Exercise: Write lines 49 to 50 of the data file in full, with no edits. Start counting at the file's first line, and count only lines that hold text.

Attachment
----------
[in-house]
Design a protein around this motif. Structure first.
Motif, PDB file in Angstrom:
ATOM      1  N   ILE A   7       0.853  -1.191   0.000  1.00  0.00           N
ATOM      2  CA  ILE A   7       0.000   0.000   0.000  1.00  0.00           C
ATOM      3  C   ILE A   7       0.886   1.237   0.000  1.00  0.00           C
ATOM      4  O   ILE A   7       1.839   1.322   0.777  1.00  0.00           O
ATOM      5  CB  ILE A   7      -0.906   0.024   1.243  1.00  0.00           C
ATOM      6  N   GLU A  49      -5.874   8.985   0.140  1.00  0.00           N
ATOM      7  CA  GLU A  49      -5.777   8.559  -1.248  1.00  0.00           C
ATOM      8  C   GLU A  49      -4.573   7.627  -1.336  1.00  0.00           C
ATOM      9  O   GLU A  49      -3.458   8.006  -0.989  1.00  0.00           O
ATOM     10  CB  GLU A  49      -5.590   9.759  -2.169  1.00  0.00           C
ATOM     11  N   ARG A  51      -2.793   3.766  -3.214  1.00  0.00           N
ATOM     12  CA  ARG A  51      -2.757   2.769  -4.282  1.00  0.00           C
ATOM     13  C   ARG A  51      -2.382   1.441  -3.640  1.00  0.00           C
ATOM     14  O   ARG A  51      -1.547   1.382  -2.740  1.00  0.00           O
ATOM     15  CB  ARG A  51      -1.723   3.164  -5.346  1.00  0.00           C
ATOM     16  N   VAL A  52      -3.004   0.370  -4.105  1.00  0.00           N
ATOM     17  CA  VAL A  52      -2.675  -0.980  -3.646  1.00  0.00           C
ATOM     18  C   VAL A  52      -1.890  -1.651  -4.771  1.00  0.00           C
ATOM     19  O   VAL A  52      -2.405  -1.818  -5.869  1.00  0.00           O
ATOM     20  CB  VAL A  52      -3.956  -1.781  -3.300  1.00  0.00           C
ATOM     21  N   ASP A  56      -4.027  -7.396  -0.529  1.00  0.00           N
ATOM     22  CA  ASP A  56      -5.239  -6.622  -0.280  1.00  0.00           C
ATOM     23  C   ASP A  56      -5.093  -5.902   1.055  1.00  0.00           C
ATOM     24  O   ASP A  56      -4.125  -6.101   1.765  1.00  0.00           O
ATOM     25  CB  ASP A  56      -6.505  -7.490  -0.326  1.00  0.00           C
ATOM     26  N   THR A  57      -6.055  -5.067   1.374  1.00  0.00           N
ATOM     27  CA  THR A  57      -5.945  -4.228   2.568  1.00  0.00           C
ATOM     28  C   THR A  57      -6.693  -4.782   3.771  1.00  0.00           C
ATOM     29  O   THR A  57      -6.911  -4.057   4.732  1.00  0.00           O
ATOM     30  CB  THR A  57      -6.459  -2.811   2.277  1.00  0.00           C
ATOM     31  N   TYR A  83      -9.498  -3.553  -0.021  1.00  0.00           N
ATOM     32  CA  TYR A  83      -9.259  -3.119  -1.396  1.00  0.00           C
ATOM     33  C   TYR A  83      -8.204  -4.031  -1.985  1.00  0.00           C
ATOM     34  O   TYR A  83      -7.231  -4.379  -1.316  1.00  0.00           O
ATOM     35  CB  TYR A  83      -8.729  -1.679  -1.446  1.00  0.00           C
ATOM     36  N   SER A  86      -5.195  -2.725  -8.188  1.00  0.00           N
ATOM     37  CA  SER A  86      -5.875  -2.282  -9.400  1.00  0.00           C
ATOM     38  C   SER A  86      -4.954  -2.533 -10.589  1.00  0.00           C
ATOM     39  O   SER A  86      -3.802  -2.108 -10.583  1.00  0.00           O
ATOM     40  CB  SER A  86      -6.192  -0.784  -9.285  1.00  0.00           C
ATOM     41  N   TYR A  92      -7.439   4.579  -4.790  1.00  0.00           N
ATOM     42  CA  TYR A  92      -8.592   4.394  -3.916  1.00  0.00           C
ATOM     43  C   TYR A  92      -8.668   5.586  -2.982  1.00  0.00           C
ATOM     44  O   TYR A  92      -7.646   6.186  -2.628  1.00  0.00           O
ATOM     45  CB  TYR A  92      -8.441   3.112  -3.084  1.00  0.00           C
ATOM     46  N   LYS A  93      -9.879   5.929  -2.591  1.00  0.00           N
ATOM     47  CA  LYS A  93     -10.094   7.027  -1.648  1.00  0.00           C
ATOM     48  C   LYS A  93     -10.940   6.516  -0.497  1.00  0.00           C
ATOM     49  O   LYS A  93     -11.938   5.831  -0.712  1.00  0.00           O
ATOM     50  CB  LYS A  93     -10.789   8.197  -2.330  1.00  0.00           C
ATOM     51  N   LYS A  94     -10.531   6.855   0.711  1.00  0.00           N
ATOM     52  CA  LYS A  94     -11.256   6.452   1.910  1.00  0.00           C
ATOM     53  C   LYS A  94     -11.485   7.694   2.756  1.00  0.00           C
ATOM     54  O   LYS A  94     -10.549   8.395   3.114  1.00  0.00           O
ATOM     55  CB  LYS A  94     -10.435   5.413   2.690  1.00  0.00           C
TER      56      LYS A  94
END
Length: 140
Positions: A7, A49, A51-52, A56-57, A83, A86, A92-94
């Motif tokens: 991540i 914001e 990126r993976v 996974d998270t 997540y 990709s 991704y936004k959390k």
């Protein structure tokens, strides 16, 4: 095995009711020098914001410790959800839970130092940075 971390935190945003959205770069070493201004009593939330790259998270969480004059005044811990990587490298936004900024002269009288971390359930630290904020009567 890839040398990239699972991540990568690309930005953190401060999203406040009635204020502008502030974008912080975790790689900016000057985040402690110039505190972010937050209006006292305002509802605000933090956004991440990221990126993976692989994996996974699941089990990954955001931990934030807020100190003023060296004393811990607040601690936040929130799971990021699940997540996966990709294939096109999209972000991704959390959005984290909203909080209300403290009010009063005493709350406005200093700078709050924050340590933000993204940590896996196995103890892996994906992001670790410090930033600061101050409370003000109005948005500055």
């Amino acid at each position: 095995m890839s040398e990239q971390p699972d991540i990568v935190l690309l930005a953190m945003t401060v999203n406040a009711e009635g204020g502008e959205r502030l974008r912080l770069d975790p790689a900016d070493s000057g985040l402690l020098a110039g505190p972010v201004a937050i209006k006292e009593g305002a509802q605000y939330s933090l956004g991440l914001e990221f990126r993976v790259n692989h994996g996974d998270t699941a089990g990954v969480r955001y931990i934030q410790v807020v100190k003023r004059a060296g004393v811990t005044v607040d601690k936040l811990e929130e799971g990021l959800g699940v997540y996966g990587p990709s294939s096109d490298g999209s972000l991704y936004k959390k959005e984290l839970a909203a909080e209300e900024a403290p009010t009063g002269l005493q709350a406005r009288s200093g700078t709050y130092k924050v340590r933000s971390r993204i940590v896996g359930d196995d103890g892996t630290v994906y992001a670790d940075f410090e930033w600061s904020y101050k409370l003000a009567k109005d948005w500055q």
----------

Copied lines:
ATOM     46  N   LYS A  93      -9.879   5.929  -2.591  1.00  0.00           N
ATOM     47  CA  LYS A  93     -10.094   7.027  -1.648  1.00  0.00           C